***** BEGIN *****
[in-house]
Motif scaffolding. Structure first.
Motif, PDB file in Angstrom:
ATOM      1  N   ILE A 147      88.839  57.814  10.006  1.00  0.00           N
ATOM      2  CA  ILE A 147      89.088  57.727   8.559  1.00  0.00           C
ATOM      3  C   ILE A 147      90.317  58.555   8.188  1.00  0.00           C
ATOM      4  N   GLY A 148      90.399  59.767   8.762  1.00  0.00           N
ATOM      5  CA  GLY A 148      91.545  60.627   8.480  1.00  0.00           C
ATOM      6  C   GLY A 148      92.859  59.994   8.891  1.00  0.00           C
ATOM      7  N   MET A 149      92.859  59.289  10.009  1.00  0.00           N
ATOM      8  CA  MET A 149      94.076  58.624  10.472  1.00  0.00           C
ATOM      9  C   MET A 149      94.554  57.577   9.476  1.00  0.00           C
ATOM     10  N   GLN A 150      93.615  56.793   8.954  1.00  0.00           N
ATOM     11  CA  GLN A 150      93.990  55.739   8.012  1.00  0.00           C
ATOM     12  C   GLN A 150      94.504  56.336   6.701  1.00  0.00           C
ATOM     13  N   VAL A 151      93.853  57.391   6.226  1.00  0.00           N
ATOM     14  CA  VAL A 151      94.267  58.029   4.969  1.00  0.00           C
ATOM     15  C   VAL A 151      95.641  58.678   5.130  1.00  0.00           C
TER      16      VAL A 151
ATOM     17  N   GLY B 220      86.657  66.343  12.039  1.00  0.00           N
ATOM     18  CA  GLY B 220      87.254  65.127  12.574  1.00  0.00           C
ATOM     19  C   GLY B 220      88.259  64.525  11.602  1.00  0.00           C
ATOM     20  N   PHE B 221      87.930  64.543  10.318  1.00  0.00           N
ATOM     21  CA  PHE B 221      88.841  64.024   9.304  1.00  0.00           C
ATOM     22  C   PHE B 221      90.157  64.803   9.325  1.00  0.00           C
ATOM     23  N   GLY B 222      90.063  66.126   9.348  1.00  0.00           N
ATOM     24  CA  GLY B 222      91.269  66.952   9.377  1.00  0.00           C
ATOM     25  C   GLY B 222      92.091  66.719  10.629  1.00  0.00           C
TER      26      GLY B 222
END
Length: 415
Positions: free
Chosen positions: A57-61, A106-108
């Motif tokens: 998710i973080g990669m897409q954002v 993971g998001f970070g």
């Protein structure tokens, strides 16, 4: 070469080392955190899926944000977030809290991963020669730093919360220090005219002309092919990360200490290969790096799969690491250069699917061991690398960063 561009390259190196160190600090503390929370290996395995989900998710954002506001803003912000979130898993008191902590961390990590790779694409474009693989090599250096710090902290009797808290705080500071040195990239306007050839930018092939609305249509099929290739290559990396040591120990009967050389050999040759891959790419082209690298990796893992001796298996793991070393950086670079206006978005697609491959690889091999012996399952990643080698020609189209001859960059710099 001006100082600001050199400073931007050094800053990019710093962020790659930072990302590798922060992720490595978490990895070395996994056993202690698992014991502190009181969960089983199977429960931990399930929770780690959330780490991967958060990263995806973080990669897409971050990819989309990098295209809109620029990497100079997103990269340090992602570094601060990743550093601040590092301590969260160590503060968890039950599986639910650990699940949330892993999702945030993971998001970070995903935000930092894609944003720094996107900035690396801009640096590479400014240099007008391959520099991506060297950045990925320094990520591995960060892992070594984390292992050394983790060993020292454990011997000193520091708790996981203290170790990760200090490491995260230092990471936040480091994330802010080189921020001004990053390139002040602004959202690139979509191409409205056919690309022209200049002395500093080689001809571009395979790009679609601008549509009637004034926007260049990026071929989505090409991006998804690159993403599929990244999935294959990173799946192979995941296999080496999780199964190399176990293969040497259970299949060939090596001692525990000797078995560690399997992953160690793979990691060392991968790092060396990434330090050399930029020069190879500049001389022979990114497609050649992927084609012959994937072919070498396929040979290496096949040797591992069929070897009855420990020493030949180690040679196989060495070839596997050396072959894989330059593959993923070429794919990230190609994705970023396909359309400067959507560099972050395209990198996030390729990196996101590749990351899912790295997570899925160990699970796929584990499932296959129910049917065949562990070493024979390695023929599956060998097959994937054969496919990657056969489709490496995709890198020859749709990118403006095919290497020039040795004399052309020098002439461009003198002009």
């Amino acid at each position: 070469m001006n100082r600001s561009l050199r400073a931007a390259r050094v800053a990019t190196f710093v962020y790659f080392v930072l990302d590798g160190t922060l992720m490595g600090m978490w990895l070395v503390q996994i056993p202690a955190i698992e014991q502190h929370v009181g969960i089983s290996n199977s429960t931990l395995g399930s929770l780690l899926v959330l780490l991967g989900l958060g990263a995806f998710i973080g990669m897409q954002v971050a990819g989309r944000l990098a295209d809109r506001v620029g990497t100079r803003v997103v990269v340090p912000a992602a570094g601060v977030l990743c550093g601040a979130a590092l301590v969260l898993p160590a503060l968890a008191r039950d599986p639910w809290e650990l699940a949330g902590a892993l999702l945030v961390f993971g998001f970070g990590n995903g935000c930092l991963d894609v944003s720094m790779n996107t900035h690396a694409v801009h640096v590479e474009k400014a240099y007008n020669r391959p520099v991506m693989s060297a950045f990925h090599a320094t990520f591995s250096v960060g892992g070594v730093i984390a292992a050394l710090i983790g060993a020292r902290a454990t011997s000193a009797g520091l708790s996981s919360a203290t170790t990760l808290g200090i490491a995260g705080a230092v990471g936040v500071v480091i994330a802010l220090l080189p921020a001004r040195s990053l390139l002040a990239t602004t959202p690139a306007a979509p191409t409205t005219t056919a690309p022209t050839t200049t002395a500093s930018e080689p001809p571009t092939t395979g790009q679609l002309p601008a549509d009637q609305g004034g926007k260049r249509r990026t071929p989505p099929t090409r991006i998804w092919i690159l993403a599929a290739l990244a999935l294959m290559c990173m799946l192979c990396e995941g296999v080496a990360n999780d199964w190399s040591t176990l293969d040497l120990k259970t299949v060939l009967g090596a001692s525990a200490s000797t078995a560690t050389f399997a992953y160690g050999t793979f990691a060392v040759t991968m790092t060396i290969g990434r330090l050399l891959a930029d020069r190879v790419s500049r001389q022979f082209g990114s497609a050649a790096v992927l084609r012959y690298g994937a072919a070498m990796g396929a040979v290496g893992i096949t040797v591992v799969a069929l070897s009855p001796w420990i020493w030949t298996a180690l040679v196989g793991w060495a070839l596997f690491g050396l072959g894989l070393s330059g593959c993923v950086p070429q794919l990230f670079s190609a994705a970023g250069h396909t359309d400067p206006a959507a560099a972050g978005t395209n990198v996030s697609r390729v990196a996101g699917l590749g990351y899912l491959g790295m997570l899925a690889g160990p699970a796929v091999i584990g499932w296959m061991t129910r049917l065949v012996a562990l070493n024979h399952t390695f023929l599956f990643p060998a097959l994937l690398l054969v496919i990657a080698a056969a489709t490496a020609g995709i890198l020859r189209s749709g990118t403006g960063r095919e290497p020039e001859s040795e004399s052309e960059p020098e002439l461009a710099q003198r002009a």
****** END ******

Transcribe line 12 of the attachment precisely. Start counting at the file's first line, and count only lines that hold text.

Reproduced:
ATOM      9  C   MET A 149      94.554  57.577   9.476  1.00  0.00           C